The next-to-last phrase in the Lord’s prayer is a petition for protection from Satan: “And lead us not into temptation, but deliver us from the evil one.”
Is such a prayer necessary? Would God ever lead us into temptation? James 1:13 says, “When people are tempted they should not say, ‘God is tempting me.’ Evil cannot tempt God, and God himself does not tempt anyone.” If God does not tempt us, then why pray, “Lead us not into temptation”? These words trouble the most sophisticated theologian.
But they don’t trouble a child. And this is a prayer for the child-like heart. This is a prayer for those who look upon God as their Abba. This is a prayer for those who have already talked to their Father about provision for today (“Give us our daily bread.”) and pardon for yesterday (“Forgive us our debts.”). Now the child needs assurance about protection for tomorrow.
The phrase is best understood with a simple illustration. Imagine a father and son walking down an icy street. The father cautions the boy to be careful, but the boy is too excited to slow down. He hits the first patch of ice. Up go the feet and down plops the bottom. Dad comes along and helps him to his feet. The boy apologizes for disregarding the warning and then, tightly holding his father’s big hand, he asks, “Keep me from the slippery spots. Don’t let me fall again.”
The Father is so willing to comply. “The steps of the godly are directed by the Lord. He delights in every detail of their lives. Though they stumble, they will not fall, for the Lord holds them by the hand” (Ps. 37:23–24 TLB). Such is the heart of this petition. It’s a tender request of a child to a father. The last few slips have taught us—the walk is too treacherous to make alone. So we place our small hand in his large one and say, “Please, Abba, keep me from evil.”
by Max Lucado
Guard your heart above all else,
for it determines the course of your life.
Proverbs 4:23 (New Living Translation)
Above all else, guard your heart,
for it is the wellspring of life.
Proverbs 4:23 (New International Version)
Keep vigilant watch over your heart;
that’s where life starts.
Proverbs 4:23 (The Message)
Pride ends in humiliation,
while humility brings honor.
Proverbs 29:23 (New Living Translation)
A man’s pride brings him low,
but a man of lowly spirit gains honor.
Proverbs 29:23 (New International Version)
Pride lands you flat on your face;
humility prepares you for honors.
Proverbs 29:23 (The Message)
Don’t you realize that your body is the temple of the Holy Spirit, who lives in you and was given to you by God? You do not belong to yourself, for God bought you with a high price. So you must honor God with your body.
1 Corinthians 6:19-20 (New Living Translation)
Do you not know that your body is a temple of the Holy Spirit, who is in you, whom you have received from God? You are not your own; you were bought at a price. Therefore honor God with your body.
1 Corinthians 6:19-20 (New International Version)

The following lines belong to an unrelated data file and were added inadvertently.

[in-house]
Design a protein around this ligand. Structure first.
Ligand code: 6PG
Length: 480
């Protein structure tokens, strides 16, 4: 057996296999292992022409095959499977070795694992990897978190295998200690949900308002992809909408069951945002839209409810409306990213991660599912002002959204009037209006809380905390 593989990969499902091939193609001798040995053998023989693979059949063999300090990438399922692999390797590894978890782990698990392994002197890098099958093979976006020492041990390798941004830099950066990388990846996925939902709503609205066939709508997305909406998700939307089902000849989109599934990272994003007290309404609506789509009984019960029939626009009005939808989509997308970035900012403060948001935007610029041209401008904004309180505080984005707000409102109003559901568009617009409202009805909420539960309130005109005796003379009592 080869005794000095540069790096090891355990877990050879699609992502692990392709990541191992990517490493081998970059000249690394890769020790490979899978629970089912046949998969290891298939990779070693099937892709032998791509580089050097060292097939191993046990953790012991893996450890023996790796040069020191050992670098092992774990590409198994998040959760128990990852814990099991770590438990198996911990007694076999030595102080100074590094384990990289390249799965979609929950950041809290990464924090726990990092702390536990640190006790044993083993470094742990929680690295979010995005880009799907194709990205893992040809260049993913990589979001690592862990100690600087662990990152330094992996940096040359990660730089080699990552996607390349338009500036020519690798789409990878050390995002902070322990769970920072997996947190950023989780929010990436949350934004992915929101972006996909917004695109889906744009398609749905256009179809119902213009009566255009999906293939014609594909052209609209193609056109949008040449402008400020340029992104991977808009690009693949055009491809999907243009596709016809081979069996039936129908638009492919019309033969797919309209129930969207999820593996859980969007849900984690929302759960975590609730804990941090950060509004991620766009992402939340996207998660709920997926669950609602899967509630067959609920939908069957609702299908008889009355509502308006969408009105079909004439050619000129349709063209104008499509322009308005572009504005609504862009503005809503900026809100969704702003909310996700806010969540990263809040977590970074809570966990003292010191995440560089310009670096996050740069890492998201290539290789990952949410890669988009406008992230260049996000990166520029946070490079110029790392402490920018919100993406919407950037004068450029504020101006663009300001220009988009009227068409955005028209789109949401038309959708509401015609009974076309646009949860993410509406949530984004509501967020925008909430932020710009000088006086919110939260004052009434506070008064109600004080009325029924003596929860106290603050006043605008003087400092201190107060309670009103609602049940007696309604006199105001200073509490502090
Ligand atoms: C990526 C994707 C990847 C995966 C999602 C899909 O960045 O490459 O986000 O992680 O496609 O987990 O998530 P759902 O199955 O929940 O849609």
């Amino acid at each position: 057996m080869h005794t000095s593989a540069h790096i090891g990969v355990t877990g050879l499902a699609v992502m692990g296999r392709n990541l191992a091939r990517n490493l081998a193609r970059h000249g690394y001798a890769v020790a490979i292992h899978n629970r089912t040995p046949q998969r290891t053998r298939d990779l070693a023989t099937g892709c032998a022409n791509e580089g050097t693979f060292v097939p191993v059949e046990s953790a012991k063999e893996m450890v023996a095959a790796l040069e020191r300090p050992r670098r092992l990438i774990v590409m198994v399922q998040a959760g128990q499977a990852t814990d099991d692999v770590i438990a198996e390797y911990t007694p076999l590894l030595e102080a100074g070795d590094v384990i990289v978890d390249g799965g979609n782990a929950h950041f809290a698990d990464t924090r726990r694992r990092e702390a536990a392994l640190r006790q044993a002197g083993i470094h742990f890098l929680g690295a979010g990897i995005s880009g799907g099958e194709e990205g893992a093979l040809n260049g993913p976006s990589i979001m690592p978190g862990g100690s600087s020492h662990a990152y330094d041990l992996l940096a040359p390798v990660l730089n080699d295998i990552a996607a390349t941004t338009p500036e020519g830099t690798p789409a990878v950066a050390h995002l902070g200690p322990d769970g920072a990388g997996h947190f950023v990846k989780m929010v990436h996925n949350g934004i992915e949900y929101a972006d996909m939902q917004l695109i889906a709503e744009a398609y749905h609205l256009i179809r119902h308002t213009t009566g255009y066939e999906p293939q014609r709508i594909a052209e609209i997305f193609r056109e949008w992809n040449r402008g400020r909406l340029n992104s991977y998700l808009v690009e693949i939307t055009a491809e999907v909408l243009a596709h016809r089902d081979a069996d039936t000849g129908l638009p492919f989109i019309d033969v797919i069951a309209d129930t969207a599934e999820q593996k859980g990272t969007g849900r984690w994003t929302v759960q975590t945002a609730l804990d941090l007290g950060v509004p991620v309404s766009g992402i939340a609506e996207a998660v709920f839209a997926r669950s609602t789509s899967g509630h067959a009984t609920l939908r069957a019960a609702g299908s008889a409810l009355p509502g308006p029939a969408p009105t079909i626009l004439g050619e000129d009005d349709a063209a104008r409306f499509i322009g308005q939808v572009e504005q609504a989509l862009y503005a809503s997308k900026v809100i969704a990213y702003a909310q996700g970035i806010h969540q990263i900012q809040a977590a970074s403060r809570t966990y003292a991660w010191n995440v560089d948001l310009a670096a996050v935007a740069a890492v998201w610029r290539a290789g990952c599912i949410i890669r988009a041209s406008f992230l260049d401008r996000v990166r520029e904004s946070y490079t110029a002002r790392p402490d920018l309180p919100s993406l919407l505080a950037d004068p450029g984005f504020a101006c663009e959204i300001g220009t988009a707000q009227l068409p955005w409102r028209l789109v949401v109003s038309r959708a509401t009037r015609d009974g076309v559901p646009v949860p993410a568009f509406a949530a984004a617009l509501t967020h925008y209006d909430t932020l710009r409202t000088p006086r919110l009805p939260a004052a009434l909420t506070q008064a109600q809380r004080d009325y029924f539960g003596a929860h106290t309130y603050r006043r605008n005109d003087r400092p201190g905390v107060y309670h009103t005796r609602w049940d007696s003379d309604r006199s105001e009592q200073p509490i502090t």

Don’t you see that you can’t live however you please, squandering what God paid such a high price for? The physical part of you is not some piece of property belonging to the spiritual part of you. God owns the whole works. So let people see God in and through your body.
1 Corinthians 6:19-20 (The Message)
God wants us to grow up, to know the whole truth and tell it in love—like Christ in everything.
Ephesians 4:15 (The Message)
Speaking the truth in love, may grow up in all things into Him who is the head—Christ.
Ephesians 4:15 (New King James Version)
Instead, we will speak the truth in love, growing in every way more and more like Christ, who is the head of his body, the church.
Ephesians 4:15 (New Living Translation)
Always be humble and gentle. Be patient with each other, making allowance for each other’s faults because of your love.
Ephesians 4:2 (New Living Translation)
Be completely humble and gentle; be patient, bearing with one another in love.
Ephesians 4:2 (New International Version)
And mark that you do this with humility and discipline—not in fits and starts, but steadily, pouring yourselves out for each other in acts of love, alert at noticing differences and quick at mending fences.
Ephesians 4:2 (The Message)
Though he was God,
he did not think of equality with God
as something to cling to.
Instead, he gave up his divine privileges;
he took the humble position of a slave
and was born as a human being.
Philippians 2:6-7 (New Living Translation)
Who, being in very nature God,
did not consider equality with God something to be grasped,
but made himself nothing,
taking the very nature of a servant,
being made in human likeness.
Philippians 2:6-7 (New International Version)
He had equal status with God but didn’t think so much of himself that he had to cling to the advantages of that status no matter what. Not at all. When the time came, he set aside the privileges of deity and took on the status of a slave, became human! Having become human, he stayed human. It was an incredibly humbling process. He didn’t claim special privileges.
Philippians 2:6-7 (The Message)